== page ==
Tobin, Rick C.1
(1) BP America, Inc, Houston, TX
ABSTRACT: Effectiveness of Grain Coatings on Preserving Reservoir Quality in High-Temperature, Deep Burial Settings
Grain-coating clays and early diagenetic cements help to preserve reservoir quality in sandstones by forming barriers to quartz cement nucleation. Reservoir quality modeling software are useful for quantitatively predicting the effect of grain coating completeness on porosity preservation in high-temperature, deep burial settings. The effect of grain coating completeness was evaluated for various formations in the deep gas trend in the Gulf of Mexico. Results demonstrate that grain coatings (mainly chlorite) are more effective at retarding quartz cementation at low temperature than at high temperature. When formation temperatures are high (>200° C), grain coatings must be nearly complete to significantly retard the rate of cement growth. Cement nucleation is effectively suppressed with less complete coatings when temperatures are low.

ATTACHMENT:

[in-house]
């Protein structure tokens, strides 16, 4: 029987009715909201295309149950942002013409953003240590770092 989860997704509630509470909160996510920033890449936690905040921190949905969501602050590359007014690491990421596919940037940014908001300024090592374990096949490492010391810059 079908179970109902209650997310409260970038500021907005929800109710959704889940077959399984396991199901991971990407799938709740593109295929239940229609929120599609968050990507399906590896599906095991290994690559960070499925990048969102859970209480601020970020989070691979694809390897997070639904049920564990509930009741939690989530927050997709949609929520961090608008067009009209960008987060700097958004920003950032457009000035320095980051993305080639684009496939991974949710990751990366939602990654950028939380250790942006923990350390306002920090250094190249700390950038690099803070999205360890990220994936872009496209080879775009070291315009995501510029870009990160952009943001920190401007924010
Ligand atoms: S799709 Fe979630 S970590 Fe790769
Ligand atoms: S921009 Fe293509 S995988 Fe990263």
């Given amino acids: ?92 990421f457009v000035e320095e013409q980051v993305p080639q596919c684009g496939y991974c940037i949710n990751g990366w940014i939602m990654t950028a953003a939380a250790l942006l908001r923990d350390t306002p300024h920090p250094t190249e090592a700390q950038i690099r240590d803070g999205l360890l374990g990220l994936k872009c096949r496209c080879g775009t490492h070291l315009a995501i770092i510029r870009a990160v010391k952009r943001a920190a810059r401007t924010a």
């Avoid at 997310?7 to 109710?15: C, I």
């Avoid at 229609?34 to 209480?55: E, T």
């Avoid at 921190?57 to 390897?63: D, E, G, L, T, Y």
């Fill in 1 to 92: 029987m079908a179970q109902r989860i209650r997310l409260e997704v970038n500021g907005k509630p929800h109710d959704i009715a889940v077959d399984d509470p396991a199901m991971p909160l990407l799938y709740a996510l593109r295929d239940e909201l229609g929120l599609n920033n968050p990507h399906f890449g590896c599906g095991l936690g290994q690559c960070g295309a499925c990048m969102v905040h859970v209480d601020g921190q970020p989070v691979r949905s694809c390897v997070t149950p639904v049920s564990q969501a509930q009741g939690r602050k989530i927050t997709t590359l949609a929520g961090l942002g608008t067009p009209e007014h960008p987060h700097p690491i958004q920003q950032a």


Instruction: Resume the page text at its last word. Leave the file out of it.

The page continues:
Model simulations and natural observations further indicate that the minimum degree of grain coating completeness required to retard quartz cementation also depends on grain size and framework composition. For sandstones buried to equivalent temperatures, the degree of grain coating completeness required to retard cementation is greater for sandstones that are rich in detrital quartz than for lithic or feldspathic varieties. Similarly, fine-grained sands require more complete grain coatings to retard quartz cement than coarse-grained sands.
A comparison of natural sandstones in various high-temperature basins worldwide indicate that porosity may be preserved through the retardation effect of grain coatings to temperatures well in excess of 200° C. However, reservoir quality risk analysis in these settings must take into account the degree of grain coating completeness along with textural and compositional variability.
AAPG Search and Discovery Article #90026©2004 AAPG Annual Meeting, Dallas, Texas, April 18-21, 2004.